Rohingya Repatriation: All-Out Support From Stakeholders Is Required For Success Of Pilot Project – OpEd
By Brig Gen (Retd) Hasan Md Shamsuddin
At present, 1.2 million registered Rohingyas are living in the camps inside Bangladesh. For last six years, Bangladesh has been shouldering this burden. This protracted crisis needs to be over as early as possible. Initiative for the repatriation of the Rohingyas has been taken twice before but was not executed due to the reluctance of the Rohingyas and the security situation in the Rakhine State of Myanmar. Owing to the present global crisis, the amount of aid for the Rohingyas has been reduced as the pressure on the humanitarian funds of different countries and donors has increased. There is the possibility and the fear of a further decrease in humanitarian aid and support in the future. The decline in international aid has raised concerns among the Rohingyas. Bangladesh alone will not be able to feed and shelter these Rohingyas indefinitely if the aid and humanitarian support are reduced.
The security situation in the Rohingya camps is also worsening day by day. The relationship between the Rohingyas and the local community is also deteriorating. Various types of crimes committed by the Rohingyas inside and outside the camps pose a threat to Bangladesh and regional security. Due to this deteriorating law and order situation, the cost of ensuring camp security is increasing, which in turn puts pressure on the economy of Bangladesh. The government of Bangladesh has sought financial assistance from friendly countries and donor organizations to control the situation, which has not yet been received.
On 8-9 March, Myanmar authorities took the initiative to show the preparation of the on-going pilot project for the repatriation of the Rohingyas. They arranged a visit for 11 diplomats from 8 countries including the ambassador of Bangladesh posted there to see the temporary camps and surrounding areas built for the Rohingyas in Maungdaw and Sittwe in Myanmar. After this, on March 15, a 22-member delegation from Myanmar arrived in Cox’s Bazar, Bangladesh and verified the information of 480 Rohingyas belonging to 177 families.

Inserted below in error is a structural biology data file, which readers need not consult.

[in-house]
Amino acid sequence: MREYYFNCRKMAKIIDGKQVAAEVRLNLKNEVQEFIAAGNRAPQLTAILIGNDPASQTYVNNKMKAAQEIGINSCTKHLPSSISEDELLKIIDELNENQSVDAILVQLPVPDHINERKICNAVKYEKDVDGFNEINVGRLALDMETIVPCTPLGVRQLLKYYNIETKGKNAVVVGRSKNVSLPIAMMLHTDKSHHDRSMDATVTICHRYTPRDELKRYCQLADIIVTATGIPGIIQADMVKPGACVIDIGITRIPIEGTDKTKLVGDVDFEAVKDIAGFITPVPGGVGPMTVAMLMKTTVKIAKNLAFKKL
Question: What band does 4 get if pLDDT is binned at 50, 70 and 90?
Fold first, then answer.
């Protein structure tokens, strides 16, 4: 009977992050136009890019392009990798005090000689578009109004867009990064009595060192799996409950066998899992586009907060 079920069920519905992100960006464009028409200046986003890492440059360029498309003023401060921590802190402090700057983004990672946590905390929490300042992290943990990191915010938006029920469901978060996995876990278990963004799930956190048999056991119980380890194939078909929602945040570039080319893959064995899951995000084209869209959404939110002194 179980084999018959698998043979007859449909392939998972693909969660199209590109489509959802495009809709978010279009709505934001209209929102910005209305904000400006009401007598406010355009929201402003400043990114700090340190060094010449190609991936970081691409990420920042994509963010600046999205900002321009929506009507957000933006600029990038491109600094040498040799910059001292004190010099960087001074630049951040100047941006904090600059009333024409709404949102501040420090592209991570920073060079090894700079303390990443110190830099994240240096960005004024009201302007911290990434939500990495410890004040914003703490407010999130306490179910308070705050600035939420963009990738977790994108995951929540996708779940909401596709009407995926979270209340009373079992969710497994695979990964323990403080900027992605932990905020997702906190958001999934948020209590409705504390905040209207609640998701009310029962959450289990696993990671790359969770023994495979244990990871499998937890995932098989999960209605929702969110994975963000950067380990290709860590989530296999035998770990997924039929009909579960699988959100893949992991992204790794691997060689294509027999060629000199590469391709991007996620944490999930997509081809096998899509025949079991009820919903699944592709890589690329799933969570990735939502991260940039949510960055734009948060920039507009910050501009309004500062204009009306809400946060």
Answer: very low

A tripartite meeting between Bangladesh and Myanmar was held in Kunming on April 18, mediated by China, and as part of this, the third initiative to repatriate the Rohingyas was taken.
After this meeting, a delegation of 27 members, including 20 Rohingyas, went to the Rakhine state on May 5 to see if the situation there is suitable for repatriation. Members of the Rohingya delegation were shown various infrastructures including 15 villages, rehabilitation and transit centers around Maungdaw city.
The members of the Bangladesh delegation who went with them expressed their satisfaction after seeing the situation there. Refugee Relief and Repatriation Commissioner Mohammad Mizanur Rahman told that, they visited the town and villages of Maungdaw and talked to the Rohingyas there, the environment there is very good. Rohingyas are moving freely and are busy with activities in Maungdaw City. He is optimistic about the situation and the preparation taken for the repatriation of the Rohingyas. The visit was arranged to show the Rohingyas the situation on the ground to increase their confidence.
In continuation of this, a delegation from Myanmar will visit Bangladesh in May to discuss the pilot project of Rohingya repatriation. During that time, the delegation will discuss and interact with the Rohingyas in Cox’s Bazar to enhance their confidence in the repatriation initiative. If everything goes well, China and Myanmar want to start repatriation with the first group of 1,176 Rohingyas in May. There are plans to take 6,000 Rohingyas back to Rakhine by December in 5 more phases.
For the smooth implementation of this pilot project representative of ASEAN, UNDP and UNHCR are said to be present at the repatriation and reception centres. Another meeting will be held in December to review the current repatriation initiatives and the planned repatriation of six thousand Rohingyas to Myanmar. China has been active in repatriating Rohingyas for months amid increasing international pressure on Myanmar’s military junta. China’s Special Envoy Deng Xijun visited Myanmar in December 2022. On April 6, he met the Foreign Minister and Foreign Secretary of Bangladesh in Dhaka to discuss this issue. China’s ambassador to Bangladesh, Yao Wen, said that China is steadily mediating between Bangladesh and Myanmar to speed up the repatriation process of the Rohingyas. He expressed that the repatriation is the only solution to this crisis. The Chinese ambassador hopes that with the support of the international community and the joint efforts of Bangladesh and Myanmar, a sustainable repatriation process will begin.